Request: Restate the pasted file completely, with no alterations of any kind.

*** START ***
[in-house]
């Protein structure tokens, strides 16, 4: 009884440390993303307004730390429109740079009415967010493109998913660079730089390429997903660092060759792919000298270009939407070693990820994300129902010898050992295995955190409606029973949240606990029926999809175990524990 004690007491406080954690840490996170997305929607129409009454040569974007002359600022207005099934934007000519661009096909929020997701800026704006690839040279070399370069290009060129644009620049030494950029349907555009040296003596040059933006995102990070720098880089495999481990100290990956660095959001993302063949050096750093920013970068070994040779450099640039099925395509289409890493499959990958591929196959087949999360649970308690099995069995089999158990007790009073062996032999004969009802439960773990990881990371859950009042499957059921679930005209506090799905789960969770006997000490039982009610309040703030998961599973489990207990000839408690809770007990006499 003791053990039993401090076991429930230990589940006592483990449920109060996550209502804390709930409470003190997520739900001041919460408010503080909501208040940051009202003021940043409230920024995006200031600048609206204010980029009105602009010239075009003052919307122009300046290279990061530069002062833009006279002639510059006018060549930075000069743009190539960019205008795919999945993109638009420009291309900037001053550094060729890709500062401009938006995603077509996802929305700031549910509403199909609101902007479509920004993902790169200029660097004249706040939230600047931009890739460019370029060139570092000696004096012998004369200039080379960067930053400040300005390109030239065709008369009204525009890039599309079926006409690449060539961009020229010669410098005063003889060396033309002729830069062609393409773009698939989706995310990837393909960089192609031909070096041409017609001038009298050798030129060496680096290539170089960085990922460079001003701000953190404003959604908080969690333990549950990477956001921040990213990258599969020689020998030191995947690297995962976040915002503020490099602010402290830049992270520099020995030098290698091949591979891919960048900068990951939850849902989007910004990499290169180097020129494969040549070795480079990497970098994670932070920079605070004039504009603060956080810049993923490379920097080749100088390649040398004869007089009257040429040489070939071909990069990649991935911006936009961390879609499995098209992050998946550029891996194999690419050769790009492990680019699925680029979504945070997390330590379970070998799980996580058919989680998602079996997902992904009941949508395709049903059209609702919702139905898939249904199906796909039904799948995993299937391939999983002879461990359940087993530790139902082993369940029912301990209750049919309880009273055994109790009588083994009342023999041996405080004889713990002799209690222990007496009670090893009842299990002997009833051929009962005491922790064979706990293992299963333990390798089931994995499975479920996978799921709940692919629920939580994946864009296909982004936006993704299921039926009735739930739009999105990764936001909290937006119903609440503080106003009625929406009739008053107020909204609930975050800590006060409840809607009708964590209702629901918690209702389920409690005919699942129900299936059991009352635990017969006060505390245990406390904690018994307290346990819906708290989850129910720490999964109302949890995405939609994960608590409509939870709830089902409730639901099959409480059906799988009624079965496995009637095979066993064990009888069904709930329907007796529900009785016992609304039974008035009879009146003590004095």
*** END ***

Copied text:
[in-house]
């Protein structure tokens, strides 16, 4: 009884440390993303307004730390429109740079009415967010493109998913660079730089390429997903660092060759792919000298270009939407070693990820994300129902010898050992295995955190409606029973949240606990029926999809175990524990 004690007491406080954690840490996170997305929607129409009454040569974007002359600022207005099934934007000519661009096909929020997701800026704006690839040279070399370069290009060129644009620049030494950029349907555009040296003596040059933006995102990070720098880089495999481990100290990956660095959001993302063949050096750093920013970068070994040779450099640039099925395509289409890493499959990958591929196959087949999360649970308690099995069995089999158990007790009073062996032999004969009802439960773990990881990371859950009042499957059921679930005209506090799905789960969770006997000490039982009610309040703030998961599973489990207990000839408690809770007990006499 003791053990039993401090076991429930230990589940006592483990449920109060996550209502804390709930409470003190997520739900001041919460408010503080909501208040940051009202003021940043409230920024995006200031600048609206204010980029009105602009010239075009003052919307122009300046290279990061530069002062833009006279002639510059006018060549930075000069743009190539960019205008795919999945993109638009420009291309900037001053550094060729890709500062401009938006995603077509996802929305700031549910509403199909609101902007479509920004993902790169200029660097004249706040939230600047931009890739460019370029060139570092000696004096012998004369200039080379960067930053400040300005390109030239065709008369009204525009890039599309079926006409690449060539961009020229010669410098005063003889060396033309002729830069062609393409773009698939989706995310990837393909960089192609031909070096041409017609001038009298050798030129060496680096290539170089960085990922460079001003701000953190404003959604908080969690333990549950990477956001921040990213990258599969020689020998030191995947690297995962976040915002503020490099602010402290830049992270520099020995030098290698091949591979891919960048900068990951939850849902989007910004990499290169180097020129494969040549070795480079990497970098994670932070920079605070004039504009603060956080810049993923490379920097080749100088390649040398004869007089009257040429040489070939071909990069990649991935911006936009961390879609499995098209992050998946550029891996194999690419050769790009492990680019699925680029979504945070997390330590379970070998799980996580058919989680998602079996997902992904009941949508395709049903059209609702919702139905898939249904199906796909039904799948995993299937391939999983002879461990359940087993530790139902082993369940029912301990209750049919309880009273055994109790009588083994009342023999041996405080004889713990002799209690222990007496009670090893009842299990002997009833051929009962005491922790064979706990293992299963333990390798089931994995499975479920996978799921709940692919629920939580994946864009296909982004936006993704299921039926009735739930739009999105990764936001909290937006119903609440503080106003009625929406009739008053107020909204609930975050800590006060409840809607009708964590209702629901918690209702389920409690005919699942129900299936059991009352635990017969006060505390245990406390904690018994307290346990819906708290989850129910720490999964109302949890995405939609994960608590409509939870709830089902409730639901099959409480059906799988009624079965496995009637095979066993064990009888069904709930329907007796529900009785016992609304039974008035009879009146003590004095």